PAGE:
Bev: So did you ever go into mining?
Mick: No not me, but Johnny was in mining yeah and I was a plumber as my dad wouldn’t let me become a professional musician.
Bev: What other instruments did you learn how to play?
Mick: They gave me a clarinet first and I couldn’t get a note out of that. I couldn’t get a note out of the flute either so then I picked up the saxophone then as soon as I got a squeak out of it, they said, "That’s it, you’re gonna be a saxophone player, no choice." At the time there were free lessons at school and we were lucky enough back then to have those professional teachers. They not just taught us the instruments, they taught us what the business would be like. So we had a really good musical upbringing.
Bev: Did you ever think at the time that one day you were going to make a career as a musician?
Mick: Well believe it or not, I was a bit of a sportsperson when I was younger! I was going to be a footballer to play for my local club. I had trials for five football teams and Manchester United being one of them. I didn’t make the grade. I was also a county rugby player, I was also a county Judo expert and a black-belt. But unfortunately I got kicked in the lip when I was fifteen years old and it split in half, so I couldn’t play the saxophone for six months, and that’s when I decided I couldn’t be without it!
Bev: What happened next?
Mick: Being without it made me realise that’s what I wanted to do, I was addicted and had the bug. So that’s when I packed in all the sport. I just said, “that's it” to sport and “I’m gonna become a professional musician”. So I came back 6 months later, tried to get into university, couldn’t get in because at the time when I was a teenager, it was a privilege thing and my parents were very working class and didn’t have the money to put me into university, so I ended up becoming a plumber and got a phone call three years into my apprenticeship, I must have been 19, to go on my first ever professional job. And that was to go on a cruise-liner as a musician, as a saxophone player.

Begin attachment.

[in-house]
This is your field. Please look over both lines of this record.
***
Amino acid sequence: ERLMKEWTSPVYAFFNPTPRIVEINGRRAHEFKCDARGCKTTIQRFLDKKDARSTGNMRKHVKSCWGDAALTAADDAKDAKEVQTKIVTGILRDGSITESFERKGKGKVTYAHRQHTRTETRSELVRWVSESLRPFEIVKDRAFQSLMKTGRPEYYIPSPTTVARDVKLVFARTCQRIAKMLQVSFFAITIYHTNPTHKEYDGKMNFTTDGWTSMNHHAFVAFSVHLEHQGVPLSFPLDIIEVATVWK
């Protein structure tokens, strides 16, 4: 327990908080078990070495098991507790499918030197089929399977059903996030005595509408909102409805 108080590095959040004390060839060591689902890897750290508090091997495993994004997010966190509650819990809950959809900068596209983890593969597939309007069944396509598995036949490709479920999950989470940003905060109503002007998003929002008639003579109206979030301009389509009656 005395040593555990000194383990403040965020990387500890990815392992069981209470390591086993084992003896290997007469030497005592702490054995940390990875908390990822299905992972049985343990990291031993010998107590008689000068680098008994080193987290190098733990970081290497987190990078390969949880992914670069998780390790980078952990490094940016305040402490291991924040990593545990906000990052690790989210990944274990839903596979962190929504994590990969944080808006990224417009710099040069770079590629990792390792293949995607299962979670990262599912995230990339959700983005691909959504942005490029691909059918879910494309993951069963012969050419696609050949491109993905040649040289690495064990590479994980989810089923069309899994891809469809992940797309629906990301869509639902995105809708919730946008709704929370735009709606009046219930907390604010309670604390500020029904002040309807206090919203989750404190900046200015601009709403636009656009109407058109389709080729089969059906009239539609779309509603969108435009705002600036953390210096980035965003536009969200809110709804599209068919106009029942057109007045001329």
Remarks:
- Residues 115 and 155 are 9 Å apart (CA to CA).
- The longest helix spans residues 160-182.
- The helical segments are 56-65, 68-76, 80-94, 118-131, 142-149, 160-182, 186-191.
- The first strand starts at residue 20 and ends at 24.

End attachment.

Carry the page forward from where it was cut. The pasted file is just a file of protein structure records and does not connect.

Bev: So you were continuously playing in bands at the time?
Mick: Yeah again, me and Johnny were playing in this working mans club called, The Ayresome Quoit club in Middlesborough, which is maybe the worst place in the world. Even the seagulls fly upside down, you know the rest to that one!
Bev: You mean there was nothing below worth crapping on?
Mick: Middlesborough, it’s not great, but this working mans club had a seven piece dance band and our mentor used to play in that band and he would take us along to sit in with ex-professionals and get a feel of it. I was earning money from when I was 16 and we were doing it four nights a week. Then Johnny went off to university and then I got this call that was about to change my life to go and work on a cruise-liner. We then went our separate ways and that’s when I became a professional musician.
Bev: What happened after you served your time, so to speak on the cruise-liner?
Mick: When I came back to Hartlepool, I decided this is what I really wanted to do. I’ve got the bug, I was gonna become a professional musician. So I ended up working in a holiday camp for a whole season. Then it was London! You get that London bug and in any big city, that’s where it’s all happening. I went off to London when I was about 19 or 20 something like that and I found a band called Hollywood UK, a soul band but unfortunately they broke-up because the lead singer with the band joined another band called Heatwave. They were a famous band at the time and I was left on my own. So I stayed around London and tried to get my break. I went to every audition under the sun and eventually, I found my break with a guy called John Watts in his “Fisher-Z “ band. They were big over in mainland Europe actually with a song out called Berlin, which was a massive hit. So that was my first rock band as such and I kept on doing that for a while. Then I joined "Ian Dury and the Blockheads", we’re talking about 1981-82 then after that, for the next five years I got signed by CBS with a band called "Spear Of Destiny" and things just escalated from there and I moved on.